WASHINGTON — The Air Force’s top space officer has been nominated to lead U.S. Space Command, the new unified combatant command that President Donald Trump called to be re-established last year.
If confirmed, Gen. John Raymond will have a dual-hat role: as commander of U.S. Space Command and his current position as head of Air Force Space Command at Peterson Air Force Base, Colorado.
However, it’s unclear how long that will continue. If a Space Force is approved by Congress and established as a sixth branch of the military under the Department of the Air Force, it’s possible that Air Force Space Command could be dissolved as the service’s space functions transfer over to the Space Force.
Even if Air Force Space Command is maintained, the position of U.S. Space Command could later be separated from its Air Force-specific counterpart as a final location for SPACECOM headquarters is decided.
Unlike the creation of a Space Force, the Trump administration can create U.S. Space Command without input from Congress. Unlike the Space Force, which will be responsible for generating, training and equipping space forces, SPACECOM will be charged with employing those forces in daily operations or a future conflict.
As the Air Force’s senior space officer, Raymond was widely considered the favorite to command SPACECOM — a position that seemed even more certain after the administration agreed to locate the Space Force under the Department of the Air Force.
Even so, Raymond’s nomination is a major win for the Air Force, cementing the service’s ability to shape the military’s space enterprise as it is overhauled.
It also triggers questions about which military official could be tapped to lead the Space Force — if approved by Congress — as the service’s first chief of staff.
Although Raymond has largely remained out of the spotlight as the Defense Department worked through its plans to stand up U.S. Space Command and the Space Force, he publicly stressed the need for the Air Force to shift to a war-fighting posture in space.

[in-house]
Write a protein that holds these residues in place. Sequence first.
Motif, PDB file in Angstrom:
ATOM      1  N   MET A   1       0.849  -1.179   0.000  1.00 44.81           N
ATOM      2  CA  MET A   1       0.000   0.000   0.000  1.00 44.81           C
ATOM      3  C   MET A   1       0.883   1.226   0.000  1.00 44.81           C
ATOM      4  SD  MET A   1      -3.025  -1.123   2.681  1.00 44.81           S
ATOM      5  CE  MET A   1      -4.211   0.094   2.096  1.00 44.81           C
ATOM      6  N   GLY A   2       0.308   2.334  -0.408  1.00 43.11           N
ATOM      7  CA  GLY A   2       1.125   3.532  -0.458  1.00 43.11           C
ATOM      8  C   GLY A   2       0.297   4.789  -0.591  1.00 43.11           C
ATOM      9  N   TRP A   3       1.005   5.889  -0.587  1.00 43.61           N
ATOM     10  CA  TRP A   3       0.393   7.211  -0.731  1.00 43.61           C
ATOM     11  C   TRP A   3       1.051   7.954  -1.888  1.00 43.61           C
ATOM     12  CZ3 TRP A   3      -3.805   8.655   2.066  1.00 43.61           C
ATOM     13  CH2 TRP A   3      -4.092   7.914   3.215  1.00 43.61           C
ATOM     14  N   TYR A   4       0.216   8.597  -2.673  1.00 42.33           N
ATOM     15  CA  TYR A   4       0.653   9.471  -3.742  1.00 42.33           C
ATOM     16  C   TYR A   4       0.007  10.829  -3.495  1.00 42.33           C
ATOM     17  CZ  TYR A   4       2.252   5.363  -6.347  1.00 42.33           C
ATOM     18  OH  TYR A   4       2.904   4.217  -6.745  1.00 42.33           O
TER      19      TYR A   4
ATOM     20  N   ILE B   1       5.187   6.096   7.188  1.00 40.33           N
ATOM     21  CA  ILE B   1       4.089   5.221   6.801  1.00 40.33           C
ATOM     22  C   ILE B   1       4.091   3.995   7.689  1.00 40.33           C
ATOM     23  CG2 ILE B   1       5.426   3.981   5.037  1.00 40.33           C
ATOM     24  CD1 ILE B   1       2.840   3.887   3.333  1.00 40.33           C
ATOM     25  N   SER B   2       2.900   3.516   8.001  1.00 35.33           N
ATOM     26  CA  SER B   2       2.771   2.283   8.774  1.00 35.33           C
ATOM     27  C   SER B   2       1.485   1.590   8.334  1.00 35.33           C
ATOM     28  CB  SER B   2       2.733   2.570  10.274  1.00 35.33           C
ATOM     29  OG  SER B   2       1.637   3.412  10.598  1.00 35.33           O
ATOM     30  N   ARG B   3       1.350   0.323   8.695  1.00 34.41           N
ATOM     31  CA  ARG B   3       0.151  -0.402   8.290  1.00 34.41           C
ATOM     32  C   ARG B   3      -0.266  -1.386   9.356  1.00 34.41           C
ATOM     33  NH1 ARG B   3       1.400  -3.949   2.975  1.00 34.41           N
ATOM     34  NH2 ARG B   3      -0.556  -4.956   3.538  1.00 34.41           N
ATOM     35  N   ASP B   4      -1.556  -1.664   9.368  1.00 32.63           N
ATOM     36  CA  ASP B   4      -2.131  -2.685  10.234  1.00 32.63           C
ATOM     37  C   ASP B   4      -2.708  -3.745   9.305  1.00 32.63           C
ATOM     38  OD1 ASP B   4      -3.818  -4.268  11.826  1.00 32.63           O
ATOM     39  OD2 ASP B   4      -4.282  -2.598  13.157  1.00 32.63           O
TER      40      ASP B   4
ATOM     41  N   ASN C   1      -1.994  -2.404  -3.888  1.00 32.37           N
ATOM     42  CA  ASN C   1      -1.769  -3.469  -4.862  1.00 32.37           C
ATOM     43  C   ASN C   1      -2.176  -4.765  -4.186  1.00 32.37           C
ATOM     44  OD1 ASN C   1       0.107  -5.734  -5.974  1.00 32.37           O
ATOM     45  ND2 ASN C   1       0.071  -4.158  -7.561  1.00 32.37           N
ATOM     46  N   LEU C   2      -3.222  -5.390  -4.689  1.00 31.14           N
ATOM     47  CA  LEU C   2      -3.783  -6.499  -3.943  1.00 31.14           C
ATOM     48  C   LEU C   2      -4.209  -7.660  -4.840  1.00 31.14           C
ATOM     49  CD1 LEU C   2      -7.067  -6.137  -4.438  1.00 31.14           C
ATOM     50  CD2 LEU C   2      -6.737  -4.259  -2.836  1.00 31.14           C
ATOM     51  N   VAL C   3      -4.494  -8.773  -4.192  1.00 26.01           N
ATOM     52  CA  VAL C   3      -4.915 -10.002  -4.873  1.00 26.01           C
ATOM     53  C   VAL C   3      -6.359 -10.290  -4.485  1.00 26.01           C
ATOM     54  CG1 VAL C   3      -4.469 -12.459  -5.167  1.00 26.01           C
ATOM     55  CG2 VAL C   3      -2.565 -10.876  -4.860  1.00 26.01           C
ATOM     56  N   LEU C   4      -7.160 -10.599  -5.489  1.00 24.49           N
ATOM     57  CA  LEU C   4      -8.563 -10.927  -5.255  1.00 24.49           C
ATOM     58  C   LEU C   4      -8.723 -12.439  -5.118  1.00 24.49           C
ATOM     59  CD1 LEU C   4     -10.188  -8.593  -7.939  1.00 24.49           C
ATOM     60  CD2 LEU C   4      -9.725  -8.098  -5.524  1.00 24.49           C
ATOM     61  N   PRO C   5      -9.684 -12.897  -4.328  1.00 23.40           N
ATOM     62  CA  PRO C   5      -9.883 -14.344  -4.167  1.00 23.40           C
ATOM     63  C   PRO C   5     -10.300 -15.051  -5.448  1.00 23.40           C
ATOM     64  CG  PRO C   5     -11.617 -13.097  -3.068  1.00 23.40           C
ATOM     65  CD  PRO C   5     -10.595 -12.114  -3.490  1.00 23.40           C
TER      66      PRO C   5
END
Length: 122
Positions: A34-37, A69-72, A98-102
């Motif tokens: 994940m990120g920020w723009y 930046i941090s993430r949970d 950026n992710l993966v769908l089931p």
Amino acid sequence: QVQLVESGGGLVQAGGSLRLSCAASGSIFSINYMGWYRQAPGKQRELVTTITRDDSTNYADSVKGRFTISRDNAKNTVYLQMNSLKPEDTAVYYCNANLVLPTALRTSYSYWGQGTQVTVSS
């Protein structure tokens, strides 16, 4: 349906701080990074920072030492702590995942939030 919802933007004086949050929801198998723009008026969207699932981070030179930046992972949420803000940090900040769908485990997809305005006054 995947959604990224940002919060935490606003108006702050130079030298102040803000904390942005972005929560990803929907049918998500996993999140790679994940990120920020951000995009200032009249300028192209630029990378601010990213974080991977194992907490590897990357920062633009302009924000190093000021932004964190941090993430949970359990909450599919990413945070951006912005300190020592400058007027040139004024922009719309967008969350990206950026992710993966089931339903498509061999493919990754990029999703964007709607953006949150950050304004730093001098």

“If deterrence fails, I am convinced … if we are up against a peer or near peer, we are going to have to fight for space superiority,” he said in September at an Air Force Association conference. “As the National Defense Strategy talks about, that’s going to require capability from multiple domains to come forward.”
Raymond took command of AFSPC in 2016 following a one-year stint at the Pentagon as deputy chief of staff for operations. From January 2014 to August 2015, he served as commander of 14th Air Force and the Joint Functional Component Command for Space.
Throughout his career, Raymond has held positions entrenched in space operations.
After being commissioned through the Reserve Officers’ Training Corps program at Clemson University in 1984, some of his early jobs included acting as a Minuteman intercontinental ballistic missile crew commander at Grand Forks Air Force Base, North Dakota; chief of commercial space lift operations at Peterson Air Force Base; and the Air Force’s lead programmer for space and missile forces at the Pentagon.
He also commanded the 5th Space Surveillance Squadron at Royal Air Force Feltwell, England; the 30th Operations Group at Vandenberg Air Force Base, California; and the 21st Space Wing at Peterson.
Valerie Insinna was Defense News' air warfare reporter. Beforehand, she worked the Navy and congressional beats for Defense Daily, which followed almost three years as a staff writer for National Defense Magazine. Prior to that, she worked as an editorial assistant for the Tokyo Shimbun’s Washington bureau.